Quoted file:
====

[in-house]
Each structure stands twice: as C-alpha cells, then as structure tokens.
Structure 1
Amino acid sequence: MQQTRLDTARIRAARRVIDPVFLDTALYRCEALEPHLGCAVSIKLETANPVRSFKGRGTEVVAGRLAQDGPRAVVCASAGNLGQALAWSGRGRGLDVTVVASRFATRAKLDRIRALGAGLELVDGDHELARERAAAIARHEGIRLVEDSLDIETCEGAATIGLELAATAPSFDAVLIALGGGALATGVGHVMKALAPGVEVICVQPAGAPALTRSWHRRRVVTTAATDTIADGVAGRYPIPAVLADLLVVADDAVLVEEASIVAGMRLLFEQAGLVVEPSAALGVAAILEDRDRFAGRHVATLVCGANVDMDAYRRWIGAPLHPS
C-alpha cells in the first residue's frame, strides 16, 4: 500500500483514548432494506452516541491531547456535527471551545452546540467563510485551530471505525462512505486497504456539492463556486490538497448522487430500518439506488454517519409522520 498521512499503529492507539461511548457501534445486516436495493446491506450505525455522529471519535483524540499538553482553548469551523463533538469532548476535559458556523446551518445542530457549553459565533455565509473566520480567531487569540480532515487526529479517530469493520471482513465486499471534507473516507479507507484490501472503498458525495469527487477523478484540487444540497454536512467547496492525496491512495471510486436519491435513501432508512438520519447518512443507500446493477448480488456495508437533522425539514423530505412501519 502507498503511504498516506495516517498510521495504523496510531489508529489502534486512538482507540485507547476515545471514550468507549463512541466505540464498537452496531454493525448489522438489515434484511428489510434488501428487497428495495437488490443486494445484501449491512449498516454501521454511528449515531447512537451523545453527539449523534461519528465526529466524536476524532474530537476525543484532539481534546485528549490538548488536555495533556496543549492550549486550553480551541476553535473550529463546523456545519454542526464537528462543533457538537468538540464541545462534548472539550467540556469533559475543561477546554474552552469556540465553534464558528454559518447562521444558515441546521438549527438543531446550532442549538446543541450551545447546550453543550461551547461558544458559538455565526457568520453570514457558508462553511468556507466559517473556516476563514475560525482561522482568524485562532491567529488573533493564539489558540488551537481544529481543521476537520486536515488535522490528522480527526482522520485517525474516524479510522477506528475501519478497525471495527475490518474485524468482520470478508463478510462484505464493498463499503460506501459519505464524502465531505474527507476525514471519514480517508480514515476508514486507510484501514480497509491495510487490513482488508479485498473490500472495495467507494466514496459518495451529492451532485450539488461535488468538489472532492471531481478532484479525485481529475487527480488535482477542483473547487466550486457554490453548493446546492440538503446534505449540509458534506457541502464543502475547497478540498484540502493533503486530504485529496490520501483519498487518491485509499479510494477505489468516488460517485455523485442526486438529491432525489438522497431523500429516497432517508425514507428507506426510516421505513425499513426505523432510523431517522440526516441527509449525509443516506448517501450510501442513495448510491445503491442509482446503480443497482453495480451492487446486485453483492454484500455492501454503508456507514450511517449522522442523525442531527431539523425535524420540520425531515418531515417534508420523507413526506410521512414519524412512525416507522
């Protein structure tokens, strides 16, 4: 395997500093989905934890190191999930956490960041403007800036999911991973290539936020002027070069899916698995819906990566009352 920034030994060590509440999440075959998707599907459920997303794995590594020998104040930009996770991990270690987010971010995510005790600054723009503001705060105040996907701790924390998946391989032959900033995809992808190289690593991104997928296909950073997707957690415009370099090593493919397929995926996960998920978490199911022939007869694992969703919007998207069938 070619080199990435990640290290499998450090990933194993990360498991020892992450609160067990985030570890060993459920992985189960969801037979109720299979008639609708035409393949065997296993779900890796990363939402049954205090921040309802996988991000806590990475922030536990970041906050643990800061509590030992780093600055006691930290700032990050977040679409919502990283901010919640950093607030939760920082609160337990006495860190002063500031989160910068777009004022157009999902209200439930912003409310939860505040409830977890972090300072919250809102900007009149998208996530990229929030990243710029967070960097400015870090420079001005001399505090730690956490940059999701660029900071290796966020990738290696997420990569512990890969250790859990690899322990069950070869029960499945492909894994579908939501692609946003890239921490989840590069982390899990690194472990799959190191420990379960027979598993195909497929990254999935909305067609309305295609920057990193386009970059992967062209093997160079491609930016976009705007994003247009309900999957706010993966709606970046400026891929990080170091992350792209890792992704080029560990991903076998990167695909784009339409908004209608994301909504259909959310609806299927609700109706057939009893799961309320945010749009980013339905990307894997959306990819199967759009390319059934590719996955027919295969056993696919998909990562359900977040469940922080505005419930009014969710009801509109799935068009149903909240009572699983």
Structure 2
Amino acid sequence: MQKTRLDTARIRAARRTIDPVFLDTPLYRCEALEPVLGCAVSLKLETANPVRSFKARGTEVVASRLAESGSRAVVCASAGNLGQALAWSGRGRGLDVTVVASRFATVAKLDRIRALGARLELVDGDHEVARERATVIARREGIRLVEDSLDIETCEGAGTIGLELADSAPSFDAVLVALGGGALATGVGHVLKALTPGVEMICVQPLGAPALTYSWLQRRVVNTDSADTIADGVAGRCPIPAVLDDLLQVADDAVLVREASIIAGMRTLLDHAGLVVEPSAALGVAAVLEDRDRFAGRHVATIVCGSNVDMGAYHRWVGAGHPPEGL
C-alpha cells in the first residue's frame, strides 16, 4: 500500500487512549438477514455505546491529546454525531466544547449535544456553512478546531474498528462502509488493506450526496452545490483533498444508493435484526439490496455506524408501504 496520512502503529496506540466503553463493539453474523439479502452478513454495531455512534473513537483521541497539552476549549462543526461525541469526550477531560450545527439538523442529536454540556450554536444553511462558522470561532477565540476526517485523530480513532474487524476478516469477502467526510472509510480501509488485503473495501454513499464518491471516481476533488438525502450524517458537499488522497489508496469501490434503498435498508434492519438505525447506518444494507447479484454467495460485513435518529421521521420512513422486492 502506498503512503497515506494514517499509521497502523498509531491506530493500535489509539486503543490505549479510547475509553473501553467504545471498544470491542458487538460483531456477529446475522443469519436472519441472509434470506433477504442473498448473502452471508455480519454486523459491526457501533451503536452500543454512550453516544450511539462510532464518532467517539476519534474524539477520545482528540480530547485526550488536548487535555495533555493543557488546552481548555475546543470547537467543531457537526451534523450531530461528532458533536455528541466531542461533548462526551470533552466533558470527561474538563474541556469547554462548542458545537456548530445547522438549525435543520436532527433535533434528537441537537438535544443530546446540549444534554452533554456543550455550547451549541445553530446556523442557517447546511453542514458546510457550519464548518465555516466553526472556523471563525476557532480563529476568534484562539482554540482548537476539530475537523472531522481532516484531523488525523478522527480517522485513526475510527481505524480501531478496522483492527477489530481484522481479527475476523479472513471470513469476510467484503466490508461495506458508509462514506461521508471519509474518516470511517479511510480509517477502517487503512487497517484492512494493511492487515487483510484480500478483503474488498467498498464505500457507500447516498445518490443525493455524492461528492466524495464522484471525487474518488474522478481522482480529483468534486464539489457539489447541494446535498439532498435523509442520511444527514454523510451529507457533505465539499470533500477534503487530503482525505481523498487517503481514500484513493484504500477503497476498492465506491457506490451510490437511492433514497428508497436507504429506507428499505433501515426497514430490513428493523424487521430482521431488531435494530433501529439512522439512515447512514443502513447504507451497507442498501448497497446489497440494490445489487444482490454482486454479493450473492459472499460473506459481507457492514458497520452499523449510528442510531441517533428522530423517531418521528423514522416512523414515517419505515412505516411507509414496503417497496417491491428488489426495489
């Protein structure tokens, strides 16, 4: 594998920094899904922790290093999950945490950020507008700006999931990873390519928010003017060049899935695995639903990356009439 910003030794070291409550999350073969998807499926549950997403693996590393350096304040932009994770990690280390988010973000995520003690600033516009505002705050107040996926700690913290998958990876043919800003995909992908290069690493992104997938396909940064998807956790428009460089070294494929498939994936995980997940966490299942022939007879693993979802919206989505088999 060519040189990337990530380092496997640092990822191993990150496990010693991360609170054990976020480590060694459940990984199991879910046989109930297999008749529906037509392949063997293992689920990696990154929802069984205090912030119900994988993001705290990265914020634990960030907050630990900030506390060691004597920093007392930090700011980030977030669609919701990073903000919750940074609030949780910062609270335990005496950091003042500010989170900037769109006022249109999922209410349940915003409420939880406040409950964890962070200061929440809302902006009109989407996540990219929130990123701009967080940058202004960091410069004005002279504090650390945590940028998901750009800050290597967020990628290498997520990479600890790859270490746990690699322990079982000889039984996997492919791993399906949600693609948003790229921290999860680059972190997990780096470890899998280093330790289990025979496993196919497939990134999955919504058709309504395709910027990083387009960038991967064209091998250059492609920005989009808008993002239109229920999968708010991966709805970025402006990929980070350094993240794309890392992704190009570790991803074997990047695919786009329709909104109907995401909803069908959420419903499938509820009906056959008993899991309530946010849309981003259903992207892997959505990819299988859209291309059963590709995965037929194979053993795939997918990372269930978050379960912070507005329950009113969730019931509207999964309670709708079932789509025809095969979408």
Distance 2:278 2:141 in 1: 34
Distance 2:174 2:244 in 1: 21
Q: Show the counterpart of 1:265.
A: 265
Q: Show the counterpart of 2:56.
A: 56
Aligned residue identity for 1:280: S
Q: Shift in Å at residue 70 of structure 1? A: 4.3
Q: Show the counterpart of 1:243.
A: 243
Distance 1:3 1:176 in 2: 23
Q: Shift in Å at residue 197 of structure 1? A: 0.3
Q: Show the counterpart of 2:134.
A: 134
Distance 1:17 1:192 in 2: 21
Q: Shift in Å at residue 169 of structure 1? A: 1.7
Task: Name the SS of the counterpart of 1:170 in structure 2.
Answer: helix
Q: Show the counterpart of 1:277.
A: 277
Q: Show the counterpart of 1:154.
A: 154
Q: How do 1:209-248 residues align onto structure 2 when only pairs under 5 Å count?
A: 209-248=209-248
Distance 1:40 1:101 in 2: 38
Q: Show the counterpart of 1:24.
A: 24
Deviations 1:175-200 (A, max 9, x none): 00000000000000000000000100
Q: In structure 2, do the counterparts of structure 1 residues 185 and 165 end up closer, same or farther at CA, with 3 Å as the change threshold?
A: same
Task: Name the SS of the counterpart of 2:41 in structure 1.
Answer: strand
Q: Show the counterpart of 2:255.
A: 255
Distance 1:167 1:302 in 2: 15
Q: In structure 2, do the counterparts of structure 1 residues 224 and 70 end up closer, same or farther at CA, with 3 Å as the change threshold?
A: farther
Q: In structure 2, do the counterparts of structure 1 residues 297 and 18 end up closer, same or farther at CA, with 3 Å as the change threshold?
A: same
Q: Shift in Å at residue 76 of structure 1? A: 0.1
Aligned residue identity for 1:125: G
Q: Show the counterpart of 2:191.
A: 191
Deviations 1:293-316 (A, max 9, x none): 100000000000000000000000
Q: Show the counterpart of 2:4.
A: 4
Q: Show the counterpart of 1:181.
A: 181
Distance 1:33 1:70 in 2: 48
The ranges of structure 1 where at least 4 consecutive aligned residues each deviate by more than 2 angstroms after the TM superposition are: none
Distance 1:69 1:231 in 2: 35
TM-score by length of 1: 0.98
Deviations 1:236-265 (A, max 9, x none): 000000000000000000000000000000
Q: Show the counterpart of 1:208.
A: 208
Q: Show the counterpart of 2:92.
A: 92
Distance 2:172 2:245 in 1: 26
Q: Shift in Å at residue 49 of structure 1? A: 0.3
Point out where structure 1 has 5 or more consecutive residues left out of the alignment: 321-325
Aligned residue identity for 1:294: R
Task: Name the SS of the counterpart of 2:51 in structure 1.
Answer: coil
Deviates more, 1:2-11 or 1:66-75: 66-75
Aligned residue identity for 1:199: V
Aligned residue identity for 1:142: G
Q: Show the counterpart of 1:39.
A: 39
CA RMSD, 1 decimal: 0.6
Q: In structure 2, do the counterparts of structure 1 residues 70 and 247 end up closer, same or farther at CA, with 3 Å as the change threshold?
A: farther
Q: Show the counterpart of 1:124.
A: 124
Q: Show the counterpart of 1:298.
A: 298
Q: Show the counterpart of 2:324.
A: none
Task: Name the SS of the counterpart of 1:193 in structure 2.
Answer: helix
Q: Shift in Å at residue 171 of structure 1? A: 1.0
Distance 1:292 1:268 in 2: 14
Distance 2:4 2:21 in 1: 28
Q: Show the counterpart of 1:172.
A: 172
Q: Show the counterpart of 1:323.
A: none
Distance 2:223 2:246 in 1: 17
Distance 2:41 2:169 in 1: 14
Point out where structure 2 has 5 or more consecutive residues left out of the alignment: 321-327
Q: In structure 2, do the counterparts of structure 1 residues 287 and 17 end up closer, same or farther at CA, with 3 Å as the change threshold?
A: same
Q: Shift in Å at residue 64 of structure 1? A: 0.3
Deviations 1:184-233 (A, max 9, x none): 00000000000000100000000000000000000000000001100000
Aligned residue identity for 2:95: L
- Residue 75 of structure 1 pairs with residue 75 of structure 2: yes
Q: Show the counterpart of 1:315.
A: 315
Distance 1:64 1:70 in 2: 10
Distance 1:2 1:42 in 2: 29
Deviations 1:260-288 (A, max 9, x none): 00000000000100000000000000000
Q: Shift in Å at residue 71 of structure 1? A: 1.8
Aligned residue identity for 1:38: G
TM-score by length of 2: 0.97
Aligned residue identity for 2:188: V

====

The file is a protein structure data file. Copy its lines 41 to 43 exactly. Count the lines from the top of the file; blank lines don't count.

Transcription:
Task: Name the SS of the counterpart of 2:41 in structure 1.
Answer: strand
Q: Show the counterpart of 2:255.